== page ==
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                        • #13
                          In defense of hagakure

                          I think some of you underestimate the value of the book. I don't quite remember a single passage where Tsunetomo referred to Buddhists as "weak cowards", but then it has been a while since i've read the book, so I might have forgotten such a statement if it did in fact exist. You also have to remember that after Tsunetomo's master died, he became one of those "weak cowards" so it seems illogical that he would think poorly of buddhists. I think the point he was more trying to get at was that a samurai was born to serve his lord till death, and that the entire life of a samurai was defined by that single loyalty. That is why he says the way of the samurai is found in death. I think he means that a samurai should at all times be completely willing to die for his master without thought for himself. He should live as though his body were already dead. A retainers life should be single minded this way, and his whole existence should focus on this one goal. That's why in my opinion, Tsunetomo warned against retainers studying buddhism and poetry and such. They should only focus on their one duty to their master, without seeing the world through two views.

                          And also, most of the anecdotes and such in that book were the words of someone else, like Tsunetomo's father Jin'emon (I hope that's right).

                          And as for the guy who said samurai were barbarians, I'm sure most of them were, but then that was the time they lived in. You had to be comfortable with killing, so I can maybe understand why 15 year old kids were learning to behead prisoners. If you look at most cultures during feudal periods, most of them if not all of them were filled with barbaric acts. But what strikes me as most interesting is that Japan's warriors had an etiquette for war and violence. And that is to be admired in my opinion. To respect the enemy and to fight with guidelines is admireable.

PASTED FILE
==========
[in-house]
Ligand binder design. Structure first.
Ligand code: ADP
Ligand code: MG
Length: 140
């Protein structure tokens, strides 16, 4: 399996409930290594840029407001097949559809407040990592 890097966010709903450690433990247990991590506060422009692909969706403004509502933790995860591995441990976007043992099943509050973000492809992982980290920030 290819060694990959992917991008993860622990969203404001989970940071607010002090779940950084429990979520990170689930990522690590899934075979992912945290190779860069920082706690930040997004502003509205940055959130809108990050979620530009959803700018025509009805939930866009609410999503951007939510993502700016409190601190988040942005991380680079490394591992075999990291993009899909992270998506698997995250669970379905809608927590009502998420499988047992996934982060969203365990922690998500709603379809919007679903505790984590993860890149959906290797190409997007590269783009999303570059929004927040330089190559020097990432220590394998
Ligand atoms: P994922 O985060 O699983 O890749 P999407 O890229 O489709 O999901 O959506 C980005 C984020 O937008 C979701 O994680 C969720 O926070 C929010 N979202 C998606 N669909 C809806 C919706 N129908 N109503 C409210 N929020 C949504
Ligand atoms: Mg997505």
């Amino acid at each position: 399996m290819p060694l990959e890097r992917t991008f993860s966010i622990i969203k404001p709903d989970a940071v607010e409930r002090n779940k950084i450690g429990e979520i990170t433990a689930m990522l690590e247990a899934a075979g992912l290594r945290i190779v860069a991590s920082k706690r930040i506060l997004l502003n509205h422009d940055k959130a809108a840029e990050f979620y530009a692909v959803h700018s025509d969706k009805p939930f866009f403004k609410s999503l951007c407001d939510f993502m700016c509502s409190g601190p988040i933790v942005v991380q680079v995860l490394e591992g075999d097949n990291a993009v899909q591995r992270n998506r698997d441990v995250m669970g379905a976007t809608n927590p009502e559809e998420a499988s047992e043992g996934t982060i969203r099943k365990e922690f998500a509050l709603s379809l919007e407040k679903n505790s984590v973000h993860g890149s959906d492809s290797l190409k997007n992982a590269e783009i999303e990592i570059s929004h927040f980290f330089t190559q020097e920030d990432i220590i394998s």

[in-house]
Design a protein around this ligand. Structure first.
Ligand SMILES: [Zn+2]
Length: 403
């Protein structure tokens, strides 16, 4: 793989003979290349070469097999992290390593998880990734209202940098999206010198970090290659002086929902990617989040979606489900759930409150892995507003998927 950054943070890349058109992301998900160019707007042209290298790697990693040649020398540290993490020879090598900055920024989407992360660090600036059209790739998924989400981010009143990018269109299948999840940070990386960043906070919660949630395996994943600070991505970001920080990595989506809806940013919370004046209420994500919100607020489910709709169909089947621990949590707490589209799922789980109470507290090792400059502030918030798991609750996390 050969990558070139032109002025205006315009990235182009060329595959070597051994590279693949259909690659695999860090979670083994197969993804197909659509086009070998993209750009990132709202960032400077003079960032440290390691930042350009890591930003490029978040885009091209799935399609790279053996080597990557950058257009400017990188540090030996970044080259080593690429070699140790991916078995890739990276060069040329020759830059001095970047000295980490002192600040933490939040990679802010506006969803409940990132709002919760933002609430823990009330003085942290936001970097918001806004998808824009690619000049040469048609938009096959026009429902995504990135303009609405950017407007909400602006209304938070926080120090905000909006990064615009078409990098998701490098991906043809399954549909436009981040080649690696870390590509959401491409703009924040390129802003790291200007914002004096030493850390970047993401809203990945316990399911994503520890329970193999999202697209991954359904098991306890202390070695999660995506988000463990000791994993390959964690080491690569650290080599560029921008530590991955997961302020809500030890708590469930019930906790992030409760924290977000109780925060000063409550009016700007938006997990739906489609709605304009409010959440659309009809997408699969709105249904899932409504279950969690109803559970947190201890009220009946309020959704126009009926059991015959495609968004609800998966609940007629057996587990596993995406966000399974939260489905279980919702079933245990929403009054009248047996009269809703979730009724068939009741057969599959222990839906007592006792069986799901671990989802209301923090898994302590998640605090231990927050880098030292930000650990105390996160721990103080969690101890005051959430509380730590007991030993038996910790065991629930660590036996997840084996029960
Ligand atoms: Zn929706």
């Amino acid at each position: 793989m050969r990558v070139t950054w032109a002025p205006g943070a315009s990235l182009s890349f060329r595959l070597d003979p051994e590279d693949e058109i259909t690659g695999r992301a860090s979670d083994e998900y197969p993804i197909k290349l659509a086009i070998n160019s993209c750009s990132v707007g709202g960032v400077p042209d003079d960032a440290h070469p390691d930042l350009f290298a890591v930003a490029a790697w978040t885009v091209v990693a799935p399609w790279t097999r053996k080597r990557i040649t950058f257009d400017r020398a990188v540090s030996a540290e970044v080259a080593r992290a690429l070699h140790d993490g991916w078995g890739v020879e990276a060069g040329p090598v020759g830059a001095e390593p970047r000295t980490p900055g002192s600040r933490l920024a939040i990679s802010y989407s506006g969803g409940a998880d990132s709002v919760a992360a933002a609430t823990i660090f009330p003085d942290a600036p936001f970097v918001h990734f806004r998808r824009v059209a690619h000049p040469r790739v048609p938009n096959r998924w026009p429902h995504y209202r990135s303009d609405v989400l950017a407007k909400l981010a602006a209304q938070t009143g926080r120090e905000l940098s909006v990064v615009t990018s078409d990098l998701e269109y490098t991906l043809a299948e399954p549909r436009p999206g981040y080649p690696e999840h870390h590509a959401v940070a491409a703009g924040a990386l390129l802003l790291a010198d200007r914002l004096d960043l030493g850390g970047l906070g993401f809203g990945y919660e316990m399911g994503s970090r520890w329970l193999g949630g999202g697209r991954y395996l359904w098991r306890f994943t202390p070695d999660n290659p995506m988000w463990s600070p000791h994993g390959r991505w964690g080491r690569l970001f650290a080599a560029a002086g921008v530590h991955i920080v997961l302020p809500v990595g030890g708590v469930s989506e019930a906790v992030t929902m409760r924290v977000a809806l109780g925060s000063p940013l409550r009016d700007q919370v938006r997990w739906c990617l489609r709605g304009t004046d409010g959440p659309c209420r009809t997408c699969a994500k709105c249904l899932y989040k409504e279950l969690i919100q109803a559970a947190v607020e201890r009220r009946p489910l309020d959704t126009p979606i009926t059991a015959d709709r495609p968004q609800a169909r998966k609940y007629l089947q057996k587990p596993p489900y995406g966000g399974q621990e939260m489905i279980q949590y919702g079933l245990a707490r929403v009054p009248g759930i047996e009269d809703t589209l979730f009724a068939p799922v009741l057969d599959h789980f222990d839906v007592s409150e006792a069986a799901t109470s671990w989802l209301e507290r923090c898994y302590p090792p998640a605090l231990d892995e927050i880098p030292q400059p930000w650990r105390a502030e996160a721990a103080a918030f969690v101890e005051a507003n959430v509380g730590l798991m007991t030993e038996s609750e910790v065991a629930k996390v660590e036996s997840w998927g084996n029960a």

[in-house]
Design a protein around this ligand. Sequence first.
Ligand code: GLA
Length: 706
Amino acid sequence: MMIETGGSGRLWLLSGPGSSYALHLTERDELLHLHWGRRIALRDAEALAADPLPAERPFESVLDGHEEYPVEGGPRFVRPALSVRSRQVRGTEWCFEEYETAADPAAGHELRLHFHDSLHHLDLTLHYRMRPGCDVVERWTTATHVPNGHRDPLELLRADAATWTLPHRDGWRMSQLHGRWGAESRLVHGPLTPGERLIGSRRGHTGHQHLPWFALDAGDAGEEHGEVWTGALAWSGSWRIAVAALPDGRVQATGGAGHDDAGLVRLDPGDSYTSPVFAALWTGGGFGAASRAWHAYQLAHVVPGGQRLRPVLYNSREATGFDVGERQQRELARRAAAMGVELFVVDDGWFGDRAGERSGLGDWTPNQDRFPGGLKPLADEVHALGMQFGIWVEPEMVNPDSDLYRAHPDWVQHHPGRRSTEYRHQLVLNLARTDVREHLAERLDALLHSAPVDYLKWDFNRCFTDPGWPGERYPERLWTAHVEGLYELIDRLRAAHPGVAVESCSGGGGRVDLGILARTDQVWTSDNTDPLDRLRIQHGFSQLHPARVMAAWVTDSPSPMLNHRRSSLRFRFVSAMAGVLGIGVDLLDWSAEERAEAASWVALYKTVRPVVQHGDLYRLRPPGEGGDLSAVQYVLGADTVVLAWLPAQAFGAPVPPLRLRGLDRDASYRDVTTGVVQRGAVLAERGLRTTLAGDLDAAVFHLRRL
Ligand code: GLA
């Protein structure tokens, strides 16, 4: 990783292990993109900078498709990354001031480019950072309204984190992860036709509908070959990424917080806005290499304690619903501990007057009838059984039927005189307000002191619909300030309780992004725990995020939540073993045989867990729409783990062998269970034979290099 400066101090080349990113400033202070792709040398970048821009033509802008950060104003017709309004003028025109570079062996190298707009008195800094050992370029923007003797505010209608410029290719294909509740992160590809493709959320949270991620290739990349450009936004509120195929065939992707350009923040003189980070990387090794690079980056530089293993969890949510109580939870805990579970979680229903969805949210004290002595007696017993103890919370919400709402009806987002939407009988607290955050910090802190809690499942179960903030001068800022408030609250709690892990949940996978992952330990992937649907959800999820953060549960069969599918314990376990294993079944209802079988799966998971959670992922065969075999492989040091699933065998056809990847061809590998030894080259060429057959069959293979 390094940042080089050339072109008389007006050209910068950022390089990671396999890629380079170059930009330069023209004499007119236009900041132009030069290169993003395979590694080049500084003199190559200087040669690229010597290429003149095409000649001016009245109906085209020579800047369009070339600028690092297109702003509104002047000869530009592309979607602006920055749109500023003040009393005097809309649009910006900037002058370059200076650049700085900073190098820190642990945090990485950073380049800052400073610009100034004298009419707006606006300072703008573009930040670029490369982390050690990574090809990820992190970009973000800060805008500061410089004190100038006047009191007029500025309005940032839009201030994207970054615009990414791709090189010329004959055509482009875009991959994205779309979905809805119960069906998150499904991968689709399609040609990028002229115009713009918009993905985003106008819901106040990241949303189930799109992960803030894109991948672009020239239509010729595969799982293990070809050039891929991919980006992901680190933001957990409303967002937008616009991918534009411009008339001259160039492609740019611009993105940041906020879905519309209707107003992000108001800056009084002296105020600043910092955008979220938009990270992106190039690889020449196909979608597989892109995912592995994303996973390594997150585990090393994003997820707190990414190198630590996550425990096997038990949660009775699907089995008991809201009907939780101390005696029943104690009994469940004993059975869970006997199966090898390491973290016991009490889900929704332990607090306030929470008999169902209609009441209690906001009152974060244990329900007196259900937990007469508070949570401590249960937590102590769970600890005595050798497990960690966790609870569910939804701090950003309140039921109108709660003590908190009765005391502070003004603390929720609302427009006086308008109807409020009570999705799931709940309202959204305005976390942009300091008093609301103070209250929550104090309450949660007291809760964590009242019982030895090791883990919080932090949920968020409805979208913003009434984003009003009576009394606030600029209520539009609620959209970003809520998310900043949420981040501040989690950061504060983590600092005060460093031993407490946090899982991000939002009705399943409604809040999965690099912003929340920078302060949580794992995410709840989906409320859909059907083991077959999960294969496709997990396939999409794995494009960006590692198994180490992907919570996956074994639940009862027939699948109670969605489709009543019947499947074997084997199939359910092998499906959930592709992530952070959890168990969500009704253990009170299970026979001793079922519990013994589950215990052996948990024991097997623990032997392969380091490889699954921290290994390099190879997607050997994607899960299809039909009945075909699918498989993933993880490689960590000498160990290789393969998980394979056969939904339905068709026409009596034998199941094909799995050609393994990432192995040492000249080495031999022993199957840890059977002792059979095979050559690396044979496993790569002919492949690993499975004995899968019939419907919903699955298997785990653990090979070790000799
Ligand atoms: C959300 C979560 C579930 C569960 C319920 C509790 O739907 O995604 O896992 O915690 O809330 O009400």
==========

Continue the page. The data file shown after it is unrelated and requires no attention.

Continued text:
So that's just some 18 year old kid's opinion, but then this whole forum is about sharing those opinions. I would just like to show my respect for even "barbarians" because their spirit is the pride of a nation, its very legacy. And its that very spirit that has been found in kendo, the activity you guys all seem to love so much. So no offense intended to anyone, but I think we should avoid stereotyping classes of people and have our respect, since it was the lives of many brave samurai that help spawn the culture many of us love so very much.

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                          • #14
                            btw I wasn't dissing hagakure, its one of my favorite books. I just called it confusionist

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                            • #15
                              If you want to read an unfettered mind free, I think theres a copy at this url:


                              http://yuusou.blogspot.com/